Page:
A jury convicted Bradley R. Colton of the murder of Barbara Ann Wheeler, his estranged wife, and Charles Brooks, her boyfriend's brother, and the aggravated assault and battery of Michael Steven Brooks, Wheeler's boyfriend. 1
Following the penalty phase of the trial, the jury returned a verdict of life imprisonment without the possibility of parole on both murder counts. The trial court imposed consecutive life sentences and an additional twenty years on one aggravated battery count. Colton appeals the denial of his motion for a new trial, alleging that the evidence at trial was insufficient, his statement to police was not made voluntarily, the jury charge was erroneous, and his trial counsel were ineffective. We disagree and affirm.
1. The evidence shows that Colton shot Wheeler and the Brooks as they were seated in a car parked at the Avondale MARTA station. The surviving victim identified Colton and described the shooting, which occurred in front of the two sons of Colton and Wheeler. A bus driver testified that he turned around to see Colton walk away from the car with a gun pointed down and recorded Colton's tag number as he drove away in a station wagon. Colton drove directly to the police department, telling a police officer outside the building that he wanted to turn himself in, he had shot someone, and he had thrown the gun out of his car window. In his custodial statement, Colton admitted that he had bought a gun and argued with his wife at the MARTA station. After reviewing the evidence in the light most favorable to the jury's determination of guilt, we conclude that a rational trier of fact could have found Colton guilty of malice murder and aggravated battery. 2
2. The trial court found that Colton was advised of his Miranda rights, understood and voluntarily waived them, and gave his statement freely and voluntarily. Because the testimony of the interviewing officer supports these findings, the trial court properly admitted Colton's custodial statement into evidence. 3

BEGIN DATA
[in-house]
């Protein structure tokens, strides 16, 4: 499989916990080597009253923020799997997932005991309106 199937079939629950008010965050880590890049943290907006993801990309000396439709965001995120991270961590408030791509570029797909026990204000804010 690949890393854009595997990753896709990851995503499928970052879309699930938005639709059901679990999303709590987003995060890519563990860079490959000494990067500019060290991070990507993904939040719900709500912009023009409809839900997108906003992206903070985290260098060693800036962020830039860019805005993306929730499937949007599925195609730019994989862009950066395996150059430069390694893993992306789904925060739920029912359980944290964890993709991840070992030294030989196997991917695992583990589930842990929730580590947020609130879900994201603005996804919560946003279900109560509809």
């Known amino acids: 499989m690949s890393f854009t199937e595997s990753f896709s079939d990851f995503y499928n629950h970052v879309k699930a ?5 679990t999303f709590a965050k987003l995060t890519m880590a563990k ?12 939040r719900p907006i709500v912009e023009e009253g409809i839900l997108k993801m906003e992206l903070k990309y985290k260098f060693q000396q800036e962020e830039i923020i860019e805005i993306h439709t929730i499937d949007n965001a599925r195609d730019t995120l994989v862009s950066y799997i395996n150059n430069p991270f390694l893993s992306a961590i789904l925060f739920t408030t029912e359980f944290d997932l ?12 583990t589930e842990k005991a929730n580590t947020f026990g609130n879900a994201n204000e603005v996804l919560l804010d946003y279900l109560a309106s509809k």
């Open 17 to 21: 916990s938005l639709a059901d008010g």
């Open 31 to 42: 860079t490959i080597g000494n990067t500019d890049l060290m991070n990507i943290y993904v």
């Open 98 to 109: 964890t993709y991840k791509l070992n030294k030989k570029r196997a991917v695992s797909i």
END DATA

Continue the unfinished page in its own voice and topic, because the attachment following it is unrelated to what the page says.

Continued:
3. The trial court also adequately charged the jury on Colton's decision not to present evidence and did not err in giving the charge after closing arguments. Colton never requested that the charge be given at the close of his case nor does he cite any authority requiring it to be made at that time.
4. Finally, Colton fails to show that his attorneys at trial performed deficiently or that the result would have been different but for their deficiency. 4
The two public defenders who represented him met with him at least fifteen to twenty times for twenty minutes to an hour during the four months prior to his trial. They filed eighteen pretrial motions; reviewed and copied the state's file; gathered school, medical, and work records; interviewed Colton's relatives, former teachers and principal, and co-workers; hired a social worker who prepared a social history and a clinical neuropsychologist who performed and interpreted twenty different tests; and presented eleven witnesses in mitigation, including the two experts. In addition, two investigators and two death penalty lawyers talked with Colton about the case prior to trial. Both his attorneys recommended that he not testify because he did not recall the shootings, would not make eye contact, and had difficulty expressing himself verbally. At trial he told the judge that he chose not to testify. Following the penalty phase, the jury returned a verdict of life imprisonment without parole on both murder counts, rejecting the death penalty that the state sought. Based on this evidence, the trial court properly found that Colton's attorneys were not ineffective.
Elliott A. Shoenthal, for appellant.